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25 May 2006 Edition

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Stakes high as DUP seek to subvert Agreement

Hain Assembly: Paisley rejects power-sharing and equality

Stakes high as DUP seek to subvert Agreement

Following Ian Paisley's rejection of a Sinn Féin nomination to serve as First Minister in a new power-sharing Six County Executive Sinn Féin Chief Negotiator MARTIN McGUINNESS MP says the move was necessary to test the DUP and expose its rejection of equality or force them to adopt a different view.

As we emerge from the piece of political theatre witnessed in Stormont this week people are probably not altogether surprised that the first effort to elect a new Executive floundered on the rock of negative, rejectionist unionism. Others may be confused by the decision to nominate Ian Paisley in the first place. The decision to nominate the DUP leader was the only mechanism which could have been used to test the DUP and either expose their continuing rejection of equality or indeed try and force the DUP to adopt a different view. It was also intended to send out a positive signal to broad civic and political unionism. This was not a political stunt. It was a serious effort to advance this process.

Given the strategy embarked upon by the two governments in playing this long until November there was very little incentive for Ian Paisley to end 40 years of saying No‚ and to recognise that the Good Friday Agreement has changed the political landscape on this island forever.

Certain realities remain for Mr Paisley and the DUP to grasp. If they are ever going to exercise power it will be along with Sinn Féin and it will be in the context of the all-Ireland architecture of the Agreement with all of the safeguards, checks and balances which that contains. There is no possibility of any brand of unionism exercising majority rule again in the North. That much is certain. Yet we must recognise that there remain significant elements of political unionism who still aspire to the days of discrimination, inequality and bigotry.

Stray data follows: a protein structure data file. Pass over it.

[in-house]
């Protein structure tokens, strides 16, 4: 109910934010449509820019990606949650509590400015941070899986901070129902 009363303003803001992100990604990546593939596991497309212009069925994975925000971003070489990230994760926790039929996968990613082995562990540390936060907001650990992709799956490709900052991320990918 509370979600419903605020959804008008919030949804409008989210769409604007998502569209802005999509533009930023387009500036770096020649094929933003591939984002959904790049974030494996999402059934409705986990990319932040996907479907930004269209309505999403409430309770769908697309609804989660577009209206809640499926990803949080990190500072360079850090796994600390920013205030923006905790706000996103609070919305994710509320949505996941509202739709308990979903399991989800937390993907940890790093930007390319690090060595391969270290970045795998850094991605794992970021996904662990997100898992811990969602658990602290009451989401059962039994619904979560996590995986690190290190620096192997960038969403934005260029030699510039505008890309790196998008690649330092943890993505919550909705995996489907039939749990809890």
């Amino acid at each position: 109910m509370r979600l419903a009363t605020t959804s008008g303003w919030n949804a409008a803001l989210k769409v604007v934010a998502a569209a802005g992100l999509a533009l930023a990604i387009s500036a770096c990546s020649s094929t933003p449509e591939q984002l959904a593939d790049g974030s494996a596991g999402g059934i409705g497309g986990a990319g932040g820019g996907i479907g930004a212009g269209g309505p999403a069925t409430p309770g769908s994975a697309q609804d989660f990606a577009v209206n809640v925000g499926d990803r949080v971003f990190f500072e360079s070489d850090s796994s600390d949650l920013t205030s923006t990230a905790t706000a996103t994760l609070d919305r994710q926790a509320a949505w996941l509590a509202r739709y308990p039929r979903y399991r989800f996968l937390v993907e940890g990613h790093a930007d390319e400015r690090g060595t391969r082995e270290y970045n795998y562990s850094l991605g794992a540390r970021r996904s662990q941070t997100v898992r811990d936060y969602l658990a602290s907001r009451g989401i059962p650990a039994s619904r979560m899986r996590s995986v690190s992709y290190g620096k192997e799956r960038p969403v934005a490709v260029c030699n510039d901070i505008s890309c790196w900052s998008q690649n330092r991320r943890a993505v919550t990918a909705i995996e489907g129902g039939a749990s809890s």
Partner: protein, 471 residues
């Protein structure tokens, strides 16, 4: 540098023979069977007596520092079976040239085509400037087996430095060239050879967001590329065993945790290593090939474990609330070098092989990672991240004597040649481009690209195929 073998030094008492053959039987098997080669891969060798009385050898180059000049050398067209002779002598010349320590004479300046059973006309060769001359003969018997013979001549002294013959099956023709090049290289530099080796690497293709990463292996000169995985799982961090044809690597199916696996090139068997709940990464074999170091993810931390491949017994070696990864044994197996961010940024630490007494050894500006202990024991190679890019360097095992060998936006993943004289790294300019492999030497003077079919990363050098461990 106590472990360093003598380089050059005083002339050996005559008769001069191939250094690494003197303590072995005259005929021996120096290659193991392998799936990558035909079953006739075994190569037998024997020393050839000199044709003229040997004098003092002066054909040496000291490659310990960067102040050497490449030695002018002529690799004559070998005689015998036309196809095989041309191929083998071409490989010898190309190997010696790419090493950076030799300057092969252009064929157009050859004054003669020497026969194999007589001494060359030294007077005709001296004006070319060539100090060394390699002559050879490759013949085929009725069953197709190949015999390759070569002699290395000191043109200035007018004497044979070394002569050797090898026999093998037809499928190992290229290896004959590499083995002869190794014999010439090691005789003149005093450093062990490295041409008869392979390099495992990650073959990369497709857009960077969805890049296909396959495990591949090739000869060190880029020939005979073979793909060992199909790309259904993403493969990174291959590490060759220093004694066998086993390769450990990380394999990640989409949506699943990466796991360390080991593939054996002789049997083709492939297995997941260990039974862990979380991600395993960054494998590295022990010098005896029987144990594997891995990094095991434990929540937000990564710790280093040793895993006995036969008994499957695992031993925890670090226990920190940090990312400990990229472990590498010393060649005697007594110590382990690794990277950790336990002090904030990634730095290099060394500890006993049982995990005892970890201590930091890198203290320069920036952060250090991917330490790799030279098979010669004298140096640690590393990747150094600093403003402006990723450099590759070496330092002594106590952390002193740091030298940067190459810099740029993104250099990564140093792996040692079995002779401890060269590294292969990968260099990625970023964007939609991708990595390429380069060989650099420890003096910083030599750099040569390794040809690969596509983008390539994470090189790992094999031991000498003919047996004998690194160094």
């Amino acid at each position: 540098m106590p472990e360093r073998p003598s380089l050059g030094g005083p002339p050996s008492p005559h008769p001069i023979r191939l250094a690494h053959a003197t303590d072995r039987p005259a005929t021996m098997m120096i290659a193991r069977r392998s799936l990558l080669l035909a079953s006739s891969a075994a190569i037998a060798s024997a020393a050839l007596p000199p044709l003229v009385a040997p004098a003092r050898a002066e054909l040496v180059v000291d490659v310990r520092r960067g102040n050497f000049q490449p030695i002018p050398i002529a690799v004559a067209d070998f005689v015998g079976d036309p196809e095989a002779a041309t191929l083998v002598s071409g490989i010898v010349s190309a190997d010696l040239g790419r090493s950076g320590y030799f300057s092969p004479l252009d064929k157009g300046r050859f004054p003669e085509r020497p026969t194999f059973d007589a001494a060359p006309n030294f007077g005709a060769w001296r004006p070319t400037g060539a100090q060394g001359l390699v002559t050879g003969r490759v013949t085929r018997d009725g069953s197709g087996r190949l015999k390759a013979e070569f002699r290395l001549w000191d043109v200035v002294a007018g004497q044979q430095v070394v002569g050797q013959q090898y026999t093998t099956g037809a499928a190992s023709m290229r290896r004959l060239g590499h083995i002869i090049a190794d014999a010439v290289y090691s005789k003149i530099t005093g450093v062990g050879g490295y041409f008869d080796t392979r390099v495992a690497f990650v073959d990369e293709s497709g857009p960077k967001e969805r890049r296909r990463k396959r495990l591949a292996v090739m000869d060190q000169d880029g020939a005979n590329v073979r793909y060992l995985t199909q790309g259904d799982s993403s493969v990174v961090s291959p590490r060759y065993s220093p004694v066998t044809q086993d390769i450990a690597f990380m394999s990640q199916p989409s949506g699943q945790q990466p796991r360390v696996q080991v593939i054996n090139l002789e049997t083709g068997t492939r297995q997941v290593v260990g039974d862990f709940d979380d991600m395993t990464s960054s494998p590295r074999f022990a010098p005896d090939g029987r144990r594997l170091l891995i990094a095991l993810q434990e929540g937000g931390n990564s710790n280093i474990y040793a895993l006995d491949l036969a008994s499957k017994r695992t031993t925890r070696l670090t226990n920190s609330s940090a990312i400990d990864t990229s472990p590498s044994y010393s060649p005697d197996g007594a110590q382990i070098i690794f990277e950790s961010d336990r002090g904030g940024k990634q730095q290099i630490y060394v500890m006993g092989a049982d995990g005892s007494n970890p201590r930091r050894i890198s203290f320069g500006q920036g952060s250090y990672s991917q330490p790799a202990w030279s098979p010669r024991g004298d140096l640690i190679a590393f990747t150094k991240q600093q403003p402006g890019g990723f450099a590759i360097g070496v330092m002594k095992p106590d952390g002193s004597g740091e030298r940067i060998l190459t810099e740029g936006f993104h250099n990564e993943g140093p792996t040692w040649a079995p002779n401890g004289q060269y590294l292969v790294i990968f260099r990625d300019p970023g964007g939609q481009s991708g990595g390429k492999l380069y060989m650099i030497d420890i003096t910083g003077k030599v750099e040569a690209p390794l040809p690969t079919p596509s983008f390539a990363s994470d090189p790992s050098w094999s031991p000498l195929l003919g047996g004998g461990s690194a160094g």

Sinn Féin agreed to enter this Peter Hain Assembly with one objective in mind - the election of a First and Deputy First Minister which would then allow the D'hondt process to be triggered and an Executive elected. That remains our sole focus. Although the two governments have declared that the primary purpose of this new Assembly is the appointment of the Executive, the legislation under which it was set up authorises the British Secretary of State to allow other business to be conducted. The Assembly's rules have also been changed.

Sinn Féin will not participate in debates on issues over which Assembly members have no power or control. Those parties who have decided to go down that road are engaging in a political charade to protect salaries and are either deliberately or unintentionally providing political succour and cover for the DUP agenda of creating a talking shop institution minus a fully functioning Executive. I believe that this is a hugely dangerous strategy which must be confronted.